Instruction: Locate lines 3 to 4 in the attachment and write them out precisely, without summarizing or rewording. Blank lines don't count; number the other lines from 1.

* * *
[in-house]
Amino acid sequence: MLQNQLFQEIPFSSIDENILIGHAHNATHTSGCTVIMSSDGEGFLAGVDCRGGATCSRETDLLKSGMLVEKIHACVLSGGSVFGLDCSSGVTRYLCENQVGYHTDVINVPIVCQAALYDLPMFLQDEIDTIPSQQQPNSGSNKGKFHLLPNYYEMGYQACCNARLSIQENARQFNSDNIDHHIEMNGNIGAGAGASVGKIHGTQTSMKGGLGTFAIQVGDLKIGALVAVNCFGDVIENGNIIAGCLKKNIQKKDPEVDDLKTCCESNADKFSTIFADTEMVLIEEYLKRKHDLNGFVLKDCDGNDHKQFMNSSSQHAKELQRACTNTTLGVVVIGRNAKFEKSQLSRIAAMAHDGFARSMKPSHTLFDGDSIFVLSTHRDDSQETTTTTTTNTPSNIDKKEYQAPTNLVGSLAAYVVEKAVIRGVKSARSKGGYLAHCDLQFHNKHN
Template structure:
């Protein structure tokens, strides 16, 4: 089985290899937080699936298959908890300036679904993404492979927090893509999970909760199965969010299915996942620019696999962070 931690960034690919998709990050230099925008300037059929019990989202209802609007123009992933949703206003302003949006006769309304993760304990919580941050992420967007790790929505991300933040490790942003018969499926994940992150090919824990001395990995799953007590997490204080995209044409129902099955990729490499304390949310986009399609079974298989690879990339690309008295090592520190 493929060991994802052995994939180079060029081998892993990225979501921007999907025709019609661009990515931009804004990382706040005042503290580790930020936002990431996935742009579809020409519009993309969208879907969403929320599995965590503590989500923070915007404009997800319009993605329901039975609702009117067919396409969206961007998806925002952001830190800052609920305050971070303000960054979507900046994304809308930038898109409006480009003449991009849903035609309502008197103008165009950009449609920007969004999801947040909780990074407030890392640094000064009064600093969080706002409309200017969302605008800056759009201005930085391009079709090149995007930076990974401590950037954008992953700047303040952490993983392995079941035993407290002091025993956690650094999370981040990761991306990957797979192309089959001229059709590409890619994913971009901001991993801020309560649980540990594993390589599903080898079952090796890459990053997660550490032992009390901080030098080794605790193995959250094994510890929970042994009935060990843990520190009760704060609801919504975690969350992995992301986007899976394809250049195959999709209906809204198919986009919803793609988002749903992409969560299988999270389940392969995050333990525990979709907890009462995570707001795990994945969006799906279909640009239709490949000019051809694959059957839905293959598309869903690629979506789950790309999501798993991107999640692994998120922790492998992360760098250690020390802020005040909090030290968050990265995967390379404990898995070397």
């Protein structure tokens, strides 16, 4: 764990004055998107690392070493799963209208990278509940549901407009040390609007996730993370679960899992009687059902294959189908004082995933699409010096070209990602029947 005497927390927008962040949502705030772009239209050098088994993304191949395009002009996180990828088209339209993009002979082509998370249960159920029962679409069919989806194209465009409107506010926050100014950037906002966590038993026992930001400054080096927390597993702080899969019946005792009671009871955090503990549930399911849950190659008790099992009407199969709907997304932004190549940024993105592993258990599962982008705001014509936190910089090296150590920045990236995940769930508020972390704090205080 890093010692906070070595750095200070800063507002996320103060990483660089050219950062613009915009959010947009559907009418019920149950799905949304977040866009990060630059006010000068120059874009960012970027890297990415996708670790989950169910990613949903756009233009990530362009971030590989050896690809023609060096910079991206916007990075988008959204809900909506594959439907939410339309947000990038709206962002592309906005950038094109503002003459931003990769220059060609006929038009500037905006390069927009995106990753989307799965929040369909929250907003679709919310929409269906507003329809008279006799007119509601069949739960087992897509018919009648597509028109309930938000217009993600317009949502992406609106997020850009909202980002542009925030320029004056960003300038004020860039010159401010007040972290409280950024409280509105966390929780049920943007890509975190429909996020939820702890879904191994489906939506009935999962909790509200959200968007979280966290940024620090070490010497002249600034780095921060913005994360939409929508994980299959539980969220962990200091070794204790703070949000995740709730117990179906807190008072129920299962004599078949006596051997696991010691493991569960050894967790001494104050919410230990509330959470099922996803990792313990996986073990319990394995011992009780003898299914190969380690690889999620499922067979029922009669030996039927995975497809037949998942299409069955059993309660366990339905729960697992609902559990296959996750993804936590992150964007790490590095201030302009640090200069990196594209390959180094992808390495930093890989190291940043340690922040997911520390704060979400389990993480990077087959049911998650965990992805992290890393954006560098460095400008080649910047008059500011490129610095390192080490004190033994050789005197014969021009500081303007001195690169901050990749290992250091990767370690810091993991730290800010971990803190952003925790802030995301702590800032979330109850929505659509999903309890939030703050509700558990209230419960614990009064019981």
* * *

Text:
Template structure:
């Protein structure tokens, strides 16, 4: 089985290899937080699936298959908890300036679904993404492979927090893509999970909760199965969010299915996942620019696999962070 931690960034690919998709990050230099925008300037059929019990989202209802609007123009992933949703206003302003949006006769309304993760304990919580941050992420967007790790929505991300933040490790942003018969499926994940992150090919824990001395990995799953007590997490204080995209044409129902099955990729490499304390949310986009399609079974298989690879990339690309008295090592520190 493929060991994802052995994939180079060029081998892993990225979501921007999907025709019609661009990515931009804004990382706040005042503290580790930020936002990431996935742009579809020409519009993309969208879907969403929320599995965590503590989500923070915007404009997800319009993605329901039975609702009117067919396409969206961007998806925002952001830190800052609920305050971070303000960054979507900046994304809308930038898109409006480009003449991009849903035609309502008197103008165009950009449609920007969004999801947040909780990074407030890392640094000064009064600093969080706002409309200017969302605008800056759009201005930085391009079709090149995007930076990974401590950037954008992953700047303040952490993983392995079941035993407290002091025993956690650094999370981040990761991306990957797979192309089959001229059709590409890619994913971009901001991993801020309560649980540990594993390589599903080898079952090796890459990053997660550490032992009390901080030098080794605790193995959250094994510890929970042994009935060990843990520190009760704060609801919504975690969350992995992301986007899976394809250049195959999709209906809204198919986009919803793609988002749903992409969560299988999270389940392969995050333990525990979709907890009462995570707001795990994945969006799906279909640009239709490949000019051809694959059957839905293959598309869903690629979506789950790309999501798993991107999640692994998120922790492998992360760098250690020390802020005040909090030290968050990265995967390379404990898995070397």